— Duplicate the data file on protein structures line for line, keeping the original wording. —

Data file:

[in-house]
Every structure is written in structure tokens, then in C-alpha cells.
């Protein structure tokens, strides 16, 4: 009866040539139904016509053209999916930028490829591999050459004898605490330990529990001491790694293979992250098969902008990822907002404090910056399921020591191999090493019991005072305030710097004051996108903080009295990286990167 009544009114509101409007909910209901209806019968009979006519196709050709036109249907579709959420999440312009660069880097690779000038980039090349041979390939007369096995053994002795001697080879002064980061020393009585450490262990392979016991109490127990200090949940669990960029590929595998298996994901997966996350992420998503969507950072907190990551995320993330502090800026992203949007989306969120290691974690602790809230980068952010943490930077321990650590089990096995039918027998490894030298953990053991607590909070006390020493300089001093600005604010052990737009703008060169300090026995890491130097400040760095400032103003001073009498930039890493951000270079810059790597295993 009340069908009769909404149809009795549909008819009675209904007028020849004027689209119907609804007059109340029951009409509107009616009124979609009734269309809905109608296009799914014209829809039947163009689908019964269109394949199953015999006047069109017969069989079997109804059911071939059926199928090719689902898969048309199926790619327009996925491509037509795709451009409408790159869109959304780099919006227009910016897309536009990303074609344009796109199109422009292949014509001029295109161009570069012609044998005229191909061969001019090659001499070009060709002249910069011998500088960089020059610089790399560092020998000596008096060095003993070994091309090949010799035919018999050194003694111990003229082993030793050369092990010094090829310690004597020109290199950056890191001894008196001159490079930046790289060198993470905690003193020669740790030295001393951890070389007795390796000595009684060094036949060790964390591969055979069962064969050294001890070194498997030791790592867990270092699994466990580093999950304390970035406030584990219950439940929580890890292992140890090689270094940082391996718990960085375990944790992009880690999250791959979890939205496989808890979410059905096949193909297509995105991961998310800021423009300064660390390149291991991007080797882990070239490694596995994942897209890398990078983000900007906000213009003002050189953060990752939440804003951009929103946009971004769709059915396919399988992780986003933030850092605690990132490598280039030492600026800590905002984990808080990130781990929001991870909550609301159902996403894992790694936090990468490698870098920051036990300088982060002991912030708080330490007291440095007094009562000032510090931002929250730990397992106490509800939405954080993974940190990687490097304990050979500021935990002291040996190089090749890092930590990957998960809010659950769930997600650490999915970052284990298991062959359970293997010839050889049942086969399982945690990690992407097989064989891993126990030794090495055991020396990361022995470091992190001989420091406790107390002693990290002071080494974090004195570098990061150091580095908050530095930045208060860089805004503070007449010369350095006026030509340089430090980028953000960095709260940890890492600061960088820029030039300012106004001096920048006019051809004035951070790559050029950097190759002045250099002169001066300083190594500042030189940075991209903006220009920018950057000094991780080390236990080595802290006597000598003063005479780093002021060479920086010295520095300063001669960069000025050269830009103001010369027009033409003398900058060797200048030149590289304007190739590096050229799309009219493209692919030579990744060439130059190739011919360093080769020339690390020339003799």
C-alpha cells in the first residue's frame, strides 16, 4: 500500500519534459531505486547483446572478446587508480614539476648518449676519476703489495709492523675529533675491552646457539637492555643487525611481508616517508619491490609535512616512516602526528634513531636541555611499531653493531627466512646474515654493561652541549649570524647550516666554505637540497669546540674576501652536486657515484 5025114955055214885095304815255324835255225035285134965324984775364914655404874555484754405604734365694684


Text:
[in-house]
Every structure is written in structure tokens, then in C-alpha cells.
């Protein structure tokens, strides 16, 4: 009866040539139904016509053209999916930028490829591999050459004898605490330990529990001491790694293979992250098969902008990822907002404090910056399921020591191999090493019991005072305030710097004051996108903080009295990286990167 009544009114509101409007909910209901209806019968009979006519196709050709036109249907579709959420999440312009660069880097690779000038980039090349041979390939007369096995053994002795001697080879002064980061020393009585450490262990392979016991109490127990200090949940669990960029590929595998298996994901997966996350992420998503969507950072907190990551995320993330502090800026992203949007989306969120290691974690602790809230980068952010943490930077321990650590089990096995039918027998490894030298953990053991607590909070006390020493300089001093600005604010052990737009703008060169300090026995890491130097400040760095400032103003001073009498930039890493951000270079810059790597295993 009340069908009769909404149809009795549909008819009675209904007028020849004027689209119907609804007059109340029951009409509107009616009124979609009734269309809905109608296009799914014209829809039947163009689908019964269109394949199953015999006047069109017969069989079997109804059911071939059926199928090719689902898969048309199926790619327009996925491509037509795709451009409408790159869109959304780099919006227009910016897309536009990303074609344009796109199109422009292949014509001029295109161009570069012609044998005229191909061969001019090659001499070009060709002249910069011998500088960089020059610089790399560092020998000596008096060095003993070994091309090949010799035919018999050194003694111990003229082993030793050369092990010094090829310690004597020109290199950056890191001894008196001159490079930046790289060198993470905690003193020669740790030295001393951890070389007795390796000595009684060094036949060790964390591969055979069962064969050294001890070194498997030791790592867990270092699994466990580093999950304390970035406030584990219950439940929580890890292992140890090689270094940082391996718990960085375990944790992009880690999250791959979890939205496989808890979410059905096949193909297509995105991961998310800021423009300064660390390149291991991007080797882990070239490694596995994942897209890398990078983000900007906000213009003002050189953060990752939440804003951009929103946009971004769709059915396919399988992780986003933030850092605690990132490598280039030492600026800590905002984990808080990130781990929001991870909550609301159902996403894992790694936090990468490698870098920051036990300088982060002991912030708080330490007291440095007094009562000032510090931002929250730990397992106490509800939405954080993974940190990687490097304990050979500021935990002291040996190089090749890092930590990957998960809010659950769930997600650490999915970052284990298991062959359970293997010839050889049942086969399982945690990690992407097989064989891993126990030794090495055991020396990361022995470091992190001989420091406790107390002693990290002071080494974090004195570098990061150091580095908050530095930045208060860089805004503070007449010369350095006026030509340089430090980028953000960095709260940890890492600061960088820029030039300012106004001096920048006019051809004035951070790559050029950097190759002045250099002169001066300083190594500042030189940075991209903006220009920018950057000094991780080390236990080595802290006597000598003063005479780093002021060479920086010295520095300063001669960069000025050269830009103001010369027009033409003398900058060797200048030149590289304007190739590096050229799309009219493209692919030579990744060439130059190739011919360093080769020339690390020339003799």
C-alpha cells in the first residue's frame, strides 16, 4: 500500500519534459531505486547483446572478446587508480614539476648518449676519476703489495709492523675529533675491552646457539637492555643487525611481508616517508619491490609535512616512516602526528634513531636541555611499531653493531627466512646474515654493561652541549649570524647550516666554505637540497669546540674576501652536486657515484 5025114955055214885095304815255324835255225035285134965324984775364914655404874555484754405604734365694684